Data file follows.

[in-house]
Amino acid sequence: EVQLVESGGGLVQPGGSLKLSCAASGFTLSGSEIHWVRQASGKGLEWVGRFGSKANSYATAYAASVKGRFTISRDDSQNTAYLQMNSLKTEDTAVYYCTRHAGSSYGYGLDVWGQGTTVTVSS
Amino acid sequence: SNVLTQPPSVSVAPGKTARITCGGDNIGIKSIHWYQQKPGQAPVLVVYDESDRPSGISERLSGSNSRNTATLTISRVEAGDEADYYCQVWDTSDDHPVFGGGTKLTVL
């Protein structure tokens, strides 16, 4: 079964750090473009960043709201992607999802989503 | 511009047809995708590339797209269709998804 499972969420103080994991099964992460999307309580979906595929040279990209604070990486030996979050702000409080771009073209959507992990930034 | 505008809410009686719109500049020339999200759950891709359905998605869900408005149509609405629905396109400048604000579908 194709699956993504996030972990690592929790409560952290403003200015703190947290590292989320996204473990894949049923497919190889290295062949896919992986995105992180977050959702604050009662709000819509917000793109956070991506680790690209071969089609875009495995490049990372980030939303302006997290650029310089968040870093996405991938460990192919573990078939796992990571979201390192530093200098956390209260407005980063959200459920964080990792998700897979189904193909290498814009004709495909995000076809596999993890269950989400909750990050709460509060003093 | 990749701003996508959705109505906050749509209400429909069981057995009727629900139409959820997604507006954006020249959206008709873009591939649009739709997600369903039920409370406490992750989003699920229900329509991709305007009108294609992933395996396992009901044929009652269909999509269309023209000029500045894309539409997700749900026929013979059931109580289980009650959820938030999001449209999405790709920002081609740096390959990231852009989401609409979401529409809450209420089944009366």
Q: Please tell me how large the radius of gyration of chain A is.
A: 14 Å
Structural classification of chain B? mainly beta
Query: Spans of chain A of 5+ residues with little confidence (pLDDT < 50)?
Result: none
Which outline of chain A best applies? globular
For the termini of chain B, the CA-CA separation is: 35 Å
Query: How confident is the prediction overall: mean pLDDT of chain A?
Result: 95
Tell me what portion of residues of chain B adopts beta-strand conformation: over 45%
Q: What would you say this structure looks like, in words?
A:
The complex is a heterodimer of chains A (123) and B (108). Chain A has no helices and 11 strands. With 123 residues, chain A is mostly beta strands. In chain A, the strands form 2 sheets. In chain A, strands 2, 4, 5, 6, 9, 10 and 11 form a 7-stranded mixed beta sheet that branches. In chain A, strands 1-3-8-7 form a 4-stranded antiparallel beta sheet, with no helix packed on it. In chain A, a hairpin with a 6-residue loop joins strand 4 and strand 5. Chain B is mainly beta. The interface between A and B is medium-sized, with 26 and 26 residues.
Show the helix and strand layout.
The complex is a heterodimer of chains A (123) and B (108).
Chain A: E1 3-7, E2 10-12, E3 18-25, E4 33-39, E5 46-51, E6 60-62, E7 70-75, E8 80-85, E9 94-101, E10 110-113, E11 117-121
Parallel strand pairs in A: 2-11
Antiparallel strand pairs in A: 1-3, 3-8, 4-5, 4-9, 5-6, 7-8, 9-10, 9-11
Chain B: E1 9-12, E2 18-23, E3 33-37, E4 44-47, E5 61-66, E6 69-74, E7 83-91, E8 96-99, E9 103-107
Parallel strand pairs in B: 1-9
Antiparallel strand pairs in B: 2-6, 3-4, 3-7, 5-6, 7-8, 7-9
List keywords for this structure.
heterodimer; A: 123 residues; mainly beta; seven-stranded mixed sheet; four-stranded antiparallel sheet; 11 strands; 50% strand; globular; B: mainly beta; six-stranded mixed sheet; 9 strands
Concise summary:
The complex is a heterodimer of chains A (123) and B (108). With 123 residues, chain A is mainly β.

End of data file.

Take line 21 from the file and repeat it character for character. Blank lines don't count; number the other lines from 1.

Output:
Parallel strand pairs in A: 2-11